Andy Slavitt: [12:52] How well is science collaborating, how well are people across different countries, different biopharmaceutical organizations, academics, researchers, government, BARDA, etc.? How efficient are people and sharing the knowledge in this puzzle? In other words, somebody could have solved one corner of the puzzle but be missing a piece. Someone else, you know, in Belgium could have that other piece. How well are we doing that, at sharing the data and information and just having scientists talk to each other and publish and learn from each other?
Zeke Emanuel: [13:26] I think we’re doing very well, but there’s still huge gaps. So I think, you know, if you look at the United States, we pride ourselves on our research. You know, the big justification for high drug prices is we get a lot of research out of it. But the fact of the matter is that in terms of so far clinical research, we actually haven’t been that great at it. We’ve had one big breakthrough. That big breakthrough is the remdesivir study, and even that wasn’t so great, you know, didn’t have enough patients in it to determine whether there was a significant reduction in mortality. What we got was evidence that it actually decreased hospital length of stay, which is, you know, not the hardest of end points, not necessarily the thing you really care about. Conversely, the British have been much better. They have a much better organized system for doing large, simple randomized trials than we do. I’ve written about this and I think that’s a lesson we have to learn. I’m not sure we’re going to learn it, but I think it’s a lesson that we need to push. And, you know, frankly, the NIH took a long time to get going with its trials and coordinating trials. You know, it took probably five months as opposed to the British, who got it up very, you know, within weeks. So I think we are sharing a lot of data. There’s a lot of preprints. The journals have done a great job of getting peer-reviewed stuff out there. Nonetheless, I think the researchers could be better. And I frankly think that the government also, in terms of epidemiology, could have done a much better job in terms of creating data on every single patient who got this and putting it out. And I think that’s been a very severe failure, pointing to problems of the electronic health record, problems of our public health data acquisition system, etc.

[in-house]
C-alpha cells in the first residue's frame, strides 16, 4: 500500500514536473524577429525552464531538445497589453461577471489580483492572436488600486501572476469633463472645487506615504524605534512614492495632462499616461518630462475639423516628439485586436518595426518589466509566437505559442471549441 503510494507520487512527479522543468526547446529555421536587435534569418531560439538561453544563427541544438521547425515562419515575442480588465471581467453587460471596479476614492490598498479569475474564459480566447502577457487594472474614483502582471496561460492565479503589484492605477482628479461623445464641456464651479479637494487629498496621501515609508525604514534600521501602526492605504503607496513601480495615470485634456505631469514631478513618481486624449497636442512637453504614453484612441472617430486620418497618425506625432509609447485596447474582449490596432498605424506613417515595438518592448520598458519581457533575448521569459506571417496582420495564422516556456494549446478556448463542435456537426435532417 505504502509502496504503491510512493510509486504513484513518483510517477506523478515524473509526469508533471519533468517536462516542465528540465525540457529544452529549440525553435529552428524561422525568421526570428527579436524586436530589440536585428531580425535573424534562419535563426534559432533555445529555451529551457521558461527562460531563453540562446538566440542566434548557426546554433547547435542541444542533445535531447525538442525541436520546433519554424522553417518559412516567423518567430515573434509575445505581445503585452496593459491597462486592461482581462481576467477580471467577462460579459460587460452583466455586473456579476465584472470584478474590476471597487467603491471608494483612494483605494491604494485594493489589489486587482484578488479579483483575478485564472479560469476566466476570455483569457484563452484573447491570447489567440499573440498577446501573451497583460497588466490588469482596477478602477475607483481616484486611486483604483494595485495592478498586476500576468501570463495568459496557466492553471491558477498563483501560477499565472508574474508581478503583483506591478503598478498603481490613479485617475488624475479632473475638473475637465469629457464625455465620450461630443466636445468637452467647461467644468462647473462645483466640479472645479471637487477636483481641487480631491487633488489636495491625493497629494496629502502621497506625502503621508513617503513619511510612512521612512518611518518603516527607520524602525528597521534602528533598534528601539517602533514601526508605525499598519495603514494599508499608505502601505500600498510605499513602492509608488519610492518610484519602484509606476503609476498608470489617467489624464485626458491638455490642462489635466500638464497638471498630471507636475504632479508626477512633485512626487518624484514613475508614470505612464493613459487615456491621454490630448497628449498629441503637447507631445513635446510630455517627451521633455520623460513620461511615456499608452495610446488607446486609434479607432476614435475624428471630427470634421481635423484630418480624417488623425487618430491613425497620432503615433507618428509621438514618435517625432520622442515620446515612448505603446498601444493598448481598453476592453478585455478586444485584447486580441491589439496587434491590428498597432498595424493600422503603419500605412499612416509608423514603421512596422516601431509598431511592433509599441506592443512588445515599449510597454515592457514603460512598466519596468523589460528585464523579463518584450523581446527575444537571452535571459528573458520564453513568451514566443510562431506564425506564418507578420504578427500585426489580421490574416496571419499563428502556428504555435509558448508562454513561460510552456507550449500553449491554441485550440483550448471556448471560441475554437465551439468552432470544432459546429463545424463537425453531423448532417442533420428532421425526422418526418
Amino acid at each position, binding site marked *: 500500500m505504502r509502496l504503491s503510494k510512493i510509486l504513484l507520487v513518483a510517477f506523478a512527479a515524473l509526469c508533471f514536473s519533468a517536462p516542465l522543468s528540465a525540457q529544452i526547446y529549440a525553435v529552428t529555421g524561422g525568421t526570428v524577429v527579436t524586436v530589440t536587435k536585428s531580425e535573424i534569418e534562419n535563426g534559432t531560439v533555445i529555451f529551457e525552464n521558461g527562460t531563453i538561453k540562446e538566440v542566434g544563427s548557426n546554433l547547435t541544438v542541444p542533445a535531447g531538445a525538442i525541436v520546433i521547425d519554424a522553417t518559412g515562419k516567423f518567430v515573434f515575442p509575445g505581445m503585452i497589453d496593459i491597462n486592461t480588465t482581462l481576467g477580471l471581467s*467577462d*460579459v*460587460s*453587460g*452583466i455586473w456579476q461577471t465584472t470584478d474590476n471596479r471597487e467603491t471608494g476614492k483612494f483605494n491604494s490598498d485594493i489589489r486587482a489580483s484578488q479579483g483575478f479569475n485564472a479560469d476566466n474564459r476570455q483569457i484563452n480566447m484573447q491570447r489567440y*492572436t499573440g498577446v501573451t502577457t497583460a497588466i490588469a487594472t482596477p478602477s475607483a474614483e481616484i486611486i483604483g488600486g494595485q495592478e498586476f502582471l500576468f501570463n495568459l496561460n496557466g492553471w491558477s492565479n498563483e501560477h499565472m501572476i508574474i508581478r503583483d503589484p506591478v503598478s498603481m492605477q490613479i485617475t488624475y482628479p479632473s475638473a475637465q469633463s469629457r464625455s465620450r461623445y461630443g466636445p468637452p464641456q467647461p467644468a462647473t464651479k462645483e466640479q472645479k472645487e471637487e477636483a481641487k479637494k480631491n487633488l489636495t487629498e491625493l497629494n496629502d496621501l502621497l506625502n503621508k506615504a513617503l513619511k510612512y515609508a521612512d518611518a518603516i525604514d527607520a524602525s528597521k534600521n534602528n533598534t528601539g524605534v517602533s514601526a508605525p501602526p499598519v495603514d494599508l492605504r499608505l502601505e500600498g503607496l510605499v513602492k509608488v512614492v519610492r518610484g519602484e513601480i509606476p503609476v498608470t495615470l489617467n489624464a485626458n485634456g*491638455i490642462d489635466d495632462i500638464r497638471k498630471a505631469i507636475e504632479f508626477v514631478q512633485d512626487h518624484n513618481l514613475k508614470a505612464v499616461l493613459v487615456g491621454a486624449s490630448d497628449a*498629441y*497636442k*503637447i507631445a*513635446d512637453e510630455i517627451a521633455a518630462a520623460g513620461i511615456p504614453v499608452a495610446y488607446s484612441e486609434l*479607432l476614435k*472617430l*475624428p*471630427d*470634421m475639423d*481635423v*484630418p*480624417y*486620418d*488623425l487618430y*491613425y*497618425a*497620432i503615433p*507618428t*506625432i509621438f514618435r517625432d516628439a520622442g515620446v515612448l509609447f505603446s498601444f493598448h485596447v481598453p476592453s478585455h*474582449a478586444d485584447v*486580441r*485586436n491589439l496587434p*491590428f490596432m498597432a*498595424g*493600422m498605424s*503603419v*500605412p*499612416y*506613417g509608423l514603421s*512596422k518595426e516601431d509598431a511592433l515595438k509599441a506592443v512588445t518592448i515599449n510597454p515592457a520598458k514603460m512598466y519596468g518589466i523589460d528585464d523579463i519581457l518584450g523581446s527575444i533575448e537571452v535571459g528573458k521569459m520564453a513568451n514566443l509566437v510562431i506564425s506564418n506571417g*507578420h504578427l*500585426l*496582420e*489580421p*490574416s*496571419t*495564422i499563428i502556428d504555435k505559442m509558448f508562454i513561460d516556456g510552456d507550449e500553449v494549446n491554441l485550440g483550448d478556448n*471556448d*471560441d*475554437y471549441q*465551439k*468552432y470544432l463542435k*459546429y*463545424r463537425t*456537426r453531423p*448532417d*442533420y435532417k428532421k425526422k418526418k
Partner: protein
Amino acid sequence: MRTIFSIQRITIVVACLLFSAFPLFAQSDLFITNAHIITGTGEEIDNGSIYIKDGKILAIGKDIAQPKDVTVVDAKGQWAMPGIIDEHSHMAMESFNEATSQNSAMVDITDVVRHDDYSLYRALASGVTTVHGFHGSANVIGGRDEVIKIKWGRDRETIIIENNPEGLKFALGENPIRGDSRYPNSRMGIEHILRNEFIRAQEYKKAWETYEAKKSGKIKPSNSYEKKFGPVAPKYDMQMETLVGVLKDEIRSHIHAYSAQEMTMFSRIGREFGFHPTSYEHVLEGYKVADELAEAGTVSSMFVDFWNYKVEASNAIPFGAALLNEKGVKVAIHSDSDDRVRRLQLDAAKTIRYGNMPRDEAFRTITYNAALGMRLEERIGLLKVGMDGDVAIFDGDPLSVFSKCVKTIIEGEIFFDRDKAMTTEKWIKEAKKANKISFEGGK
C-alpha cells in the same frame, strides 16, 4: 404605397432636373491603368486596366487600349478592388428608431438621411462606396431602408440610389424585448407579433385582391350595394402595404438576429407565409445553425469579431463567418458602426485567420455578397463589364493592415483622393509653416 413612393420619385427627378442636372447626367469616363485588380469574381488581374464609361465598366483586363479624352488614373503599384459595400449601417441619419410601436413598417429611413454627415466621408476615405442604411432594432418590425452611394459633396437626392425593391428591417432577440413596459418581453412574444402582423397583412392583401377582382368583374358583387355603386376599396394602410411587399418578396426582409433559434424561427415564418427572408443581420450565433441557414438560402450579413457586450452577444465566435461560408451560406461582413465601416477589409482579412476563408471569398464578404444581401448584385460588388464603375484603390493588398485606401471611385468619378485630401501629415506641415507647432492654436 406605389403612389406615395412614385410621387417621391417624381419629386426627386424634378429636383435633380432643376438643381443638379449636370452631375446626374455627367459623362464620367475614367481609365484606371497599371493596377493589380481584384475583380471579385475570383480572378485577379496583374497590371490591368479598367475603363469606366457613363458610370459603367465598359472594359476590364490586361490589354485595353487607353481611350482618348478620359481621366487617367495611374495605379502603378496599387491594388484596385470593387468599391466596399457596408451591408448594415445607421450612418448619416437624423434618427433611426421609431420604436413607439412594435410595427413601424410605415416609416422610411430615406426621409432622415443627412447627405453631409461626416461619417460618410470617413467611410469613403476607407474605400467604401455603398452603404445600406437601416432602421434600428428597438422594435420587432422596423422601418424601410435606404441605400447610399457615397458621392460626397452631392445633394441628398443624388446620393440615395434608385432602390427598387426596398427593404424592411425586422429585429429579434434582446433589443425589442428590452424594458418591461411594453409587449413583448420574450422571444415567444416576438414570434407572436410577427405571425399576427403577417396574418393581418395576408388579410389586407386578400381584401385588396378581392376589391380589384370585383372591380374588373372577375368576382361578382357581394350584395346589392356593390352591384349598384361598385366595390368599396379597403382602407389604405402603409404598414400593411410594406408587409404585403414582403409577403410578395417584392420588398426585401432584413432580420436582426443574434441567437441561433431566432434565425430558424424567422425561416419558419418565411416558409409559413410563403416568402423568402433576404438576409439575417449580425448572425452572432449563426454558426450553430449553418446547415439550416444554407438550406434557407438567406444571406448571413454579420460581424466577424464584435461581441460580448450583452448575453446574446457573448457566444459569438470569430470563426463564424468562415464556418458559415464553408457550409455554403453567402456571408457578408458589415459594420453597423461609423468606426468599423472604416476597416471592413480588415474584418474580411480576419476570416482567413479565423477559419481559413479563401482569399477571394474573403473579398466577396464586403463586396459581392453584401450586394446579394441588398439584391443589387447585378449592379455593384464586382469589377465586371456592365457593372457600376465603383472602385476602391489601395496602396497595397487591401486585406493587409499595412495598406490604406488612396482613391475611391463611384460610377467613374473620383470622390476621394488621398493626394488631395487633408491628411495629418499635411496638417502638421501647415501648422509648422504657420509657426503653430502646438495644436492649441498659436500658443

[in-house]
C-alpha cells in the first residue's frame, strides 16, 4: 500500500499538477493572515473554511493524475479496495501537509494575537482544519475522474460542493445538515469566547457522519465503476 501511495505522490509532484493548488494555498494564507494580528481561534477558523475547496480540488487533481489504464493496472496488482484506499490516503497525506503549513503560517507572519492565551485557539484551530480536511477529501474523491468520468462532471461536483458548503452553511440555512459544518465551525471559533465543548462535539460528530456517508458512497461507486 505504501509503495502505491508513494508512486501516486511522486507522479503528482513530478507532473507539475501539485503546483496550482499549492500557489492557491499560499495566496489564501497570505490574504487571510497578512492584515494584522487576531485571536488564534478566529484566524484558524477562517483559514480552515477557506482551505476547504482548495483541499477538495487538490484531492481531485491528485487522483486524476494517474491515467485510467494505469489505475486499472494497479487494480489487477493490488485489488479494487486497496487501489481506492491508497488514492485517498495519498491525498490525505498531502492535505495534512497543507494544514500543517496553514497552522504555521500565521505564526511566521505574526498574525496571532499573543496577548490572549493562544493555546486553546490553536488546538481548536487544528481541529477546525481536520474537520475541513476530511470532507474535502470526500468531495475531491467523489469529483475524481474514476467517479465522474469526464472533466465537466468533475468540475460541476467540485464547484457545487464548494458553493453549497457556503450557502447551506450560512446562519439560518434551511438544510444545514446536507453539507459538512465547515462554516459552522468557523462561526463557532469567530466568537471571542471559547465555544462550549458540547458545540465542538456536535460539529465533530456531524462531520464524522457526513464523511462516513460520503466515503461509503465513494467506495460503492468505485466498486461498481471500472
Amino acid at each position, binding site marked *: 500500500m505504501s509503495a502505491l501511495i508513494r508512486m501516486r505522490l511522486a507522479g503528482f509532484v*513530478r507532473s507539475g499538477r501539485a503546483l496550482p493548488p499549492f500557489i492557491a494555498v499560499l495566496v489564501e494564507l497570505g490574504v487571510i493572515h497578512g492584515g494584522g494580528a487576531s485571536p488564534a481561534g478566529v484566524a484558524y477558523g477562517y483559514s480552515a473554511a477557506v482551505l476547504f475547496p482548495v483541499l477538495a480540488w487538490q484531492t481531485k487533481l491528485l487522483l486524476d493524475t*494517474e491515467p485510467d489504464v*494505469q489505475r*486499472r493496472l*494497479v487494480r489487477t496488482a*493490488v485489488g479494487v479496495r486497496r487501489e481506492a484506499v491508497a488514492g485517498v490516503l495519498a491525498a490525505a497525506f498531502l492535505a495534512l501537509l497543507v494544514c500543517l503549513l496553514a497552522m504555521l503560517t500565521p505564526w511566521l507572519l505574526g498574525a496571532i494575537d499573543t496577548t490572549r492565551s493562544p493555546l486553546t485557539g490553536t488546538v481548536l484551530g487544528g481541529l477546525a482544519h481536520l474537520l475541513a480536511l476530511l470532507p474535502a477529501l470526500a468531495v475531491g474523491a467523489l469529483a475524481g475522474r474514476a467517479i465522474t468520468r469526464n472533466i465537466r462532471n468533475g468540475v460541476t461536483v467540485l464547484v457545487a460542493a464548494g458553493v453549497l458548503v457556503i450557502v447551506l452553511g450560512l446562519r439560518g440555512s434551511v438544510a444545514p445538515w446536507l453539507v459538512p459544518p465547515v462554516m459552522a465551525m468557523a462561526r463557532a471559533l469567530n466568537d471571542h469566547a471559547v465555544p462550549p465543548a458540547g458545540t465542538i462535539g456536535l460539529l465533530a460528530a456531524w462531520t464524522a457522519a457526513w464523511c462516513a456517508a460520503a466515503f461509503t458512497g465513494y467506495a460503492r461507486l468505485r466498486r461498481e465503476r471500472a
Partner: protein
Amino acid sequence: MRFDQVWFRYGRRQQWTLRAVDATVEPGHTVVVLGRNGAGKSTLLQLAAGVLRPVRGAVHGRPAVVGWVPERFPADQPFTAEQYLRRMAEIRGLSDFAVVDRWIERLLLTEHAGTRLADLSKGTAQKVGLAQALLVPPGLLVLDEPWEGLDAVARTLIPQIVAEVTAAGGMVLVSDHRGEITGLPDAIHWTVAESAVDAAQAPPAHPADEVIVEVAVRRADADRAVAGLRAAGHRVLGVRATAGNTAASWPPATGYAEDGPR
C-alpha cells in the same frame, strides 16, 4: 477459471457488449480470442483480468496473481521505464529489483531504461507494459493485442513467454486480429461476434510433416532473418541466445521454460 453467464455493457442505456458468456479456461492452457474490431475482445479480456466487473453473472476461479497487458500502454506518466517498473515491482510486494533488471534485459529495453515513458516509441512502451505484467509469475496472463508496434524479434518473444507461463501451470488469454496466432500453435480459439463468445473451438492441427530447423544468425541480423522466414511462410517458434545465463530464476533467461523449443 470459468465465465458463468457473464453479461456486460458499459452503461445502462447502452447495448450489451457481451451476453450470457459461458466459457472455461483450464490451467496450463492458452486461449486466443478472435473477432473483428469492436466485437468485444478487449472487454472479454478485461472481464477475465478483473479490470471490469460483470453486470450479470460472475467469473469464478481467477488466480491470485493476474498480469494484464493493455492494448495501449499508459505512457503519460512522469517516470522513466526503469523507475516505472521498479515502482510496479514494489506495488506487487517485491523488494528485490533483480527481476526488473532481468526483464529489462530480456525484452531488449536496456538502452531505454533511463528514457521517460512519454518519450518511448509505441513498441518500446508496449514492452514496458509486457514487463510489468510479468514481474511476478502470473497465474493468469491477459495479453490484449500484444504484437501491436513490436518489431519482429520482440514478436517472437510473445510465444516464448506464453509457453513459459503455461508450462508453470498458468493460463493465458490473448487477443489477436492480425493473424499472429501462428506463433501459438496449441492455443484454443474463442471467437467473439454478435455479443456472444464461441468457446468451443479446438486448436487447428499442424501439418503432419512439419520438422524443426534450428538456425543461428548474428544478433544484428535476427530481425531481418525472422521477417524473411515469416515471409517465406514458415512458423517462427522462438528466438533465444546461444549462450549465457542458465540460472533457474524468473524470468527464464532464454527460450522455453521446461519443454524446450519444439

Andy Slavitt: [15:21] Well, I called one very big electronic medical record company because I had learned that they had not heard any other data with CDC. And of course, what they’re waiting for is to monetize it. And so they’re sitting on some 100,000 hospitalized patients records and they claim to be using it for — hospitals are using it one on one. They’re not even studying it within their whole electronic medical record system. I tried to get Congress to have a bill to force them to turn the data over. But with so much going on, you know, it just sort of hasn’t happened.
Zeke Emanuel: [15:55] Well, I’ve also been surprised by how little the tech companies have done. You know, you can’t point to a single thing the tech companies have done that have made any difference in terms of fighting this situation. You know, all the hullabaloo over Apple and Google. No difference. Zero. They have a lot of data. They also don’t want to share it. And, you know, they’re afraid that people will understand now how much they actually collect on us. I think that’s their major fear.
Andy Slavitt: [20:31] You put a line in the sand pretty early, which was quite helpful and said people should be thinking of this as more of a marathon, not a sprint. I think if I recall correctly, you put out November 2021 as a date when — I think people are looking for kind of a magic ‘normal’ date, which is in itself a flawed question, probably just given the way things work. But given that you’ve done that and you may have learned things since then that you may want to revise how you position it. Help us think through the next 12 months. And I know that it feels like it’s pretty dependent on who wins the election, at least it does to me. It probably does to you as well. So I don’t know how to solve for that in this question. So maybe you just have to answer twice. But what do you think it looks like over the next 12 months from a standpoint of all the things that people in society care about?